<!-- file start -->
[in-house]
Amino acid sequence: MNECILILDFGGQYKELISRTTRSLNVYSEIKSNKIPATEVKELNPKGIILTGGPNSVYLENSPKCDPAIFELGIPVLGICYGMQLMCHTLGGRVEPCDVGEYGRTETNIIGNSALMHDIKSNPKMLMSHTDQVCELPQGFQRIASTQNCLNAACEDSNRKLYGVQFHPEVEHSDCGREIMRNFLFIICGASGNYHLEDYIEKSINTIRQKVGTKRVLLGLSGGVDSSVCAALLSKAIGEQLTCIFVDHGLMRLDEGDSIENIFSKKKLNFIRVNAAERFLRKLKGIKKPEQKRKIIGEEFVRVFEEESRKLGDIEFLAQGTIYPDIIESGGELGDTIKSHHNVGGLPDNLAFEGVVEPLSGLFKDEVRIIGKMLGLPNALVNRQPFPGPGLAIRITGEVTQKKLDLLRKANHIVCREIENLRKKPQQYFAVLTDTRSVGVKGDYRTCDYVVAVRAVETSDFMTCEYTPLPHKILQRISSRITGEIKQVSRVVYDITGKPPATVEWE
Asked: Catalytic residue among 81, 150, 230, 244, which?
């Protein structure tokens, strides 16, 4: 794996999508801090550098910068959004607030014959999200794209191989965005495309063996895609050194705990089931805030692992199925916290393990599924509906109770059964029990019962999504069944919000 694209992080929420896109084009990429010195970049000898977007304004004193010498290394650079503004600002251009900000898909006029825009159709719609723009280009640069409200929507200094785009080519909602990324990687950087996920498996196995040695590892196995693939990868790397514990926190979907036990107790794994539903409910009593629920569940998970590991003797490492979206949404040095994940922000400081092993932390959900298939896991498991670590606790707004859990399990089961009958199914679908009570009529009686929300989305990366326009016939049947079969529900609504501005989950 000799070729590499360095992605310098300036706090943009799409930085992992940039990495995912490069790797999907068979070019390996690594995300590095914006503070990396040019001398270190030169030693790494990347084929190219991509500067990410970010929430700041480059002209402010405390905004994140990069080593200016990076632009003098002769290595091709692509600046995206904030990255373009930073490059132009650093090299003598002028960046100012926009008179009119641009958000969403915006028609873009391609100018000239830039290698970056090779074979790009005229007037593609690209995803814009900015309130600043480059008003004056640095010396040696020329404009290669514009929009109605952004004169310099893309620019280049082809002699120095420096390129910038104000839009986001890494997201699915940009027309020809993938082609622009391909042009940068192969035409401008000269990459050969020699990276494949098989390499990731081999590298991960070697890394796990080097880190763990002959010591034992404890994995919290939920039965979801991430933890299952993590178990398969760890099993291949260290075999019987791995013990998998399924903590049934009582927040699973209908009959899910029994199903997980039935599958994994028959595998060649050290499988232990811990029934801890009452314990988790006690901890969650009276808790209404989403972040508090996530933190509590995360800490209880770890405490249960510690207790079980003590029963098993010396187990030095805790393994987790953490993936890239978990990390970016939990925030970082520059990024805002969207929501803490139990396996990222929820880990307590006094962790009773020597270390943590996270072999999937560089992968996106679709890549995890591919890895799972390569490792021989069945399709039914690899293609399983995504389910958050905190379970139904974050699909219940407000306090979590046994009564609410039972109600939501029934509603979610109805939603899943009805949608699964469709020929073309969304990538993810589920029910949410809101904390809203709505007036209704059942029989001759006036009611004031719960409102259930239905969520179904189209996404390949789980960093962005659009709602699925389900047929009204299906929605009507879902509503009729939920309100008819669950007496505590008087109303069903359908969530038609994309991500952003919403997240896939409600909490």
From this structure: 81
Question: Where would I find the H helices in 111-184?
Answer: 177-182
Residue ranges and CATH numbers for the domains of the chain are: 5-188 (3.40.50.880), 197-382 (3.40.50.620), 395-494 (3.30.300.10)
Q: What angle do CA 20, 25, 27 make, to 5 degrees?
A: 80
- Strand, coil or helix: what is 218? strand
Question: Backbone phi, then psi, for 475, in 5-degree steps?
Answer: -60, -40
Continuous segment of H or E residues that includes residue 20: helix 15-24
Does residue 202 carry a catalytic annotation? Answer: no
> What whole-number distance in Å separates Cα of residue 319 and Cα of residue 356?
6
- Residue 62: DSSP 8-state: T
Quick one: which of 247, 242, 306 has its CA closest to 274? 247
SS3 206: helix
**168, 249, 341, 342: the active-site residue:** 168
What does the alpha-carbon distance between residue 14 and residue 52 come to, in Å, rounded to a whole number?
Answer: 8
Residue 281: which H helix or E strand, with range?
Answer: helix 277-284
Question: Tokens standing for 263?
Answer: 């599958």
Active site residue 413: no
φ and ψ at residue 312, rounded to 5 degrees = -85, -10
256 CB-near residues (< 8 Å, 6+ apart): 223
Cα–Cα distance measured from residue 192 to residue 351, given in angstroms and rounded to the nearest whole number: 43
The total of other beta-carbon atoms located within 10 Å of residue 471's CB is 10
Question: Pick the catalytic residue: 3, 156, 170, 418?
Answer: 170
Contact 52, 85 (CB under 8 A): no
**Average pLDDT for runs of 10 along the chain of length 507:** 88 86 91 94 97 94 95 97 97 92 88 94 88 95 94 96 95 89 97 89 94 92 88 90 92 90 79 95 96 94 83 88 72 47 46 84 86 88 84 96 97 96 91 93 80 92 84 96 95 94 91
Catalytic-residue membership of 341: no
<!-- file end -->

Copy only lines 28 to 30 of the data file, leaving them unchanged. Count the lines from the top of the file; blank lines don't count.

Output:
Active site residue 413: no
φ and ψ at residue 312, rounded to 5 degrees = -85, -10
256 CB-near residues (< 8 Å, 6+ apart): 223